User-defined literals and reserved identifiers
12.6 [over.literal]
Jim X

Created on 2022-01-07.00:00:00 last changed 2 weeks ago


Date: 2022-11-20.07:54:16

CWG 2022-11-11

CWG feels that the ostensible significance of whitespace in this context is unfortunate. In addition, since the normative rule is not consistent with the example, CWG solicits EWG input on the handling of this issue.

Date: 2022-01-07.00:00:00

The example in 12.6 [over.literal] paragraph 8 has the following lines:

  double operator""_Bq(long double);  // OK: does not use the reserved identifier _Bq (5.10)
  double operator"" _Bq(long double); // ill-formed, no diagnostic required:
                                      // uses the reserved identifier _Bq (5.10)

The referenced rule in 5.10 [lex.name] is in bullet 3.1:

Each identifier that contains a double underscore __ or begins with an underscore followed by an uppercase letter is reserved to the implementation for any use.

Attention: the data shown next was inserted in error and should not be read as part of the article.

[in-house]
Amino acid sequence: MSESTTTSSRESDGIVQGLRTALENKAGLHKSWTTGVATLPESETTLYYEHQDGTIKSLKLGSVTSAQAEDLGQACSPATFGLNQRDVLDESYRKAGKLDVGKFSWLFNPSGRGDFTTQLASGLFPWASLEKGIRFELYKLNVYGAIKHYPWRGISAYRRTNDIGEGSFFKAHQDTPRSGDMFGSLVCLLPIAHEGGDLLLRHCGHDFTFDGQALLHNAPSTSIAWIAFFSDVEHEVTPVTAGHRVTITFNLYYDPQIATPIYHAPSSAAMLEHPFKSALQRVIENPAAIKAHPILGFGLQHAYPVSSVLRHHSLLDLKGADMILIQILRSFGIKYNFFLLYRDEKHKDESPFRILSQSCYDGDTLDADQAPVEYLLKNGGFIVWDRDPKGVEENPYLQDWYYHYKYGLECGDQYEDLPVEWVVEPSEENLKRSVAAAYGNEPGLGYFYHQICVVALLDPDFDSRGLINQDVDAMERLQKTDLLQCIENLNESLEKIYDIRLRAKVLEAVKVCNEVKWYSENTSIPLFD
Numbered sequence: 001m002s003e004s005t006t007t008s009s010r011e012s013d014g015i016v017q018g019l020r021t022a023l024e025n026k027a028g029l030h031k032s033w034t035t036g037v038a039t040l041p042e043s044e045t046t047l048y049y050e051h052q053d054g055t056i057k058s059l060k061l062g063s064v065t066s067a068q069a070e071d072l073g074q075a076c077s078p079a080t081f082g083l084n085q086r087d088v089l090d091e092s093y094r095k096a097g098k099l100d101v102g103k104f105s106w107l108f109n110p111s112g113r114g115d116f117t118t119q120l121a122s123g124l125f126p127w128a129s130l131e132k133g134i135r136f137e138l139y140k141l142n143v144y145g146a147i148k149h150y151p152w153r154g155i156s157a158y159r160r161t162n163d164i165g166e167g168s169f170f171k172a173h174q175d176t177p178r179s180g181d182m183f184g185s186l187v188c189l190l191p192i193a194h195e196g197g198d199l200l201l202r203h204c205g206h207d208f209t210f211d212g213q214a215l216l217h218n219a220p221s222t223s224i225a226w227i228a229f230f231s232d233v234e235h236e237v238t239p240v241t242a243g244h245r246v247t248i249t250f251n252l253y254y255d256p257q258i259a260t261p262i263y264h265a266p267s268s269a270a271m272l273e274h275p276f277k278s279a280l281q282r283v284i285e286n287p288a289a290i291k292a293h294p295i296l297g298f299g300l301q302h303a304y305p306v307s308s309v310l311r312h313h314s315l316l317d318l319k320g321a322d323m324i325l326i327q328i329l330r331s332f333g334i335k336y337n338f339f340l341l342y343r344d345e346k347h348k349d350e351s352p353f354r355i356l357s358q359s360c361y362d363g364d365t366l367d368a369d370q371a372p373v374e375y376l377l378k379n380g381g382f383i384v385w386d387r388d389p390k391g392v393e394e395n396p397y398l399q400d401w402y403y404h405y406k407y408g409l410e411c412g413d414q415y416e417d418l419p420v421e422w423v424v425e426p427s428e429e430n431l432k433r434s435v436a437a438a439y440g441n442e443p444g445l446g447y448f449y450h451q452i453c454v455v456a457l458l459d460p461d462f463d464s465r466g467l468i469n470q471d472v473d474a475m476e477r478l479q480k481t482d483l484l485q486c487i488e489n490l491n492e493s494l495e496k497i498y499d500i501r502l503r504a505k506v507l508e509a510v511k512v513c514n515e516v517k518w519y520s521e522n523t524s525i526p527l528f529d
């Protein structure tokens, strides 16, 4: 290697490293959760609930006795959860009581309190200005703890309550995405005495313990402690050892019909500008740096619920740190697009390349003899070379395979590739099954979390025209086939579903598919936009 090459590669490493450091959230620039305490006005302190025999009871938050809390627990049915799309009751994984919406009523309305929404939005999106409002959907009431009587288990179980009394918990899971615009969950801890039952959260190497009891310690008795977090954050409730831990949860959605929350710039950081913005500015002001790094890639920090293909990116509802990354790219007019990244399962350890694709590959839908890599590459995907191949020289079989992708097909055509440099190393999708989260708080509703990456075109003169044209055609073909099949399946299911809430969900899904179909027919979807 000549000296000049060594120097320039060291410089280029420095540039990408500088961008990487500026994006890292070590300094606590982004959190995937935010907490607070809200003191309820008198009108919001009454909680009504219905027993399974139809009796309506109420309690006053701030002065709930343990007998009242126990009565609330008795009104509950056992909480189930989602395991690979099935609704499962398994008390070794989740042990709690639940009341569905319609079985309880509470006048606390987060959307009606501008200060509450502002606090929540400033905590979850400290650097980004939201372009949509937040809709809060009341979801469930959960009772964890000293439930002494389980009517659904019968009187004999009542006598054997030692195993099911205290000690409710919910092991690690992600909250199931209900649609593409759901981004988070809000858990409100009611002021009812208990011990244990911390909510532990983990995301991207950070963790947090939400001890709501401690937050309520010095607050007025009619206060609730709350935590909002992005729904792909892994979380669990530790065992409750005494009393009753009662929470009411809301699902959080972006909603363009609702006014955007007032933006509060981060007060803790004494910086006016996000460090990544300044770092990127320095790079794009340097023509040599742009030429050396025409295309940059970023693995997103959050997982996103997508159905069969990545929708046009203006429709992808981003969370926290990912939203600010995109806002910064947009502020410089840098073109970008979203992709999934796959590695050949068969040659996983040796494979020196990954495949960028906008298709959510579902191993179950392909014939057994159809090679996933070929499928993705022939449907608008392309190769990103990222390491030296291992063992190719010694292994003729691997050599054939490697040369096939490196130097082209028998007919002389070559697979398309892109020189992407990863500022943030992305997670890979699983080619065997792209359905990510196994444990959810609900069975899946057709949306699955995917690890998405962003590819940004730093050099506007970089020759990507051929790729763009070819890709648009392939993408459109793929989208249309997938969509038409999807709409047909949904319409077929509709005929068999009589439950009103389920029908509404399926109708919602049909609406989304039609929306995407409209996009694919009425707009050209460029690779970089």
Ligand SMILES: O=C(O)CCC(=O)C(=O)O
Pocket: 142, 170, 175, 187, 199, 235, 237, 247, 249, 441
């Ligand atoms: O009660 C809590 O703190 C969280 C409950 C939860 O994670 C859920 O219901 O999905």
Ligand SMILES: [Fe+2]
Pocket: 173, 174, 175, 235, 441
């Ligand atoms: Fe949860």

The distinction being drawn in the user-defined literal example apparently relies on the grammar for literal-operator-id at the beginning of 12.6 [over.literal]:

      operator string-literal identifier
      operator user-defined-string-literal

The second production does not mention the syntactic non-terminal identifier, so the literal-operator-id operator""_Bq presumably does not run afoul of the restriction in 5.10 [lex.name]. However, the grammar for user-defined-string-literal in 5.13.8 [lex.ext] is:

      string-literal ud-suffix


There doesn't seem to be a rule that exempts the identifier that is the ud-suffix of a user-defined-string-literal from the restriction in 5.10 [lex.name]. Either the example is incorrect or there needs to be a refinement of the rule in 5.10 [lex.name].

Date User Action Args
2022-11-20 07:54:16adminsetmessages: + msg7048
2022-01-07 00:00:00admincreate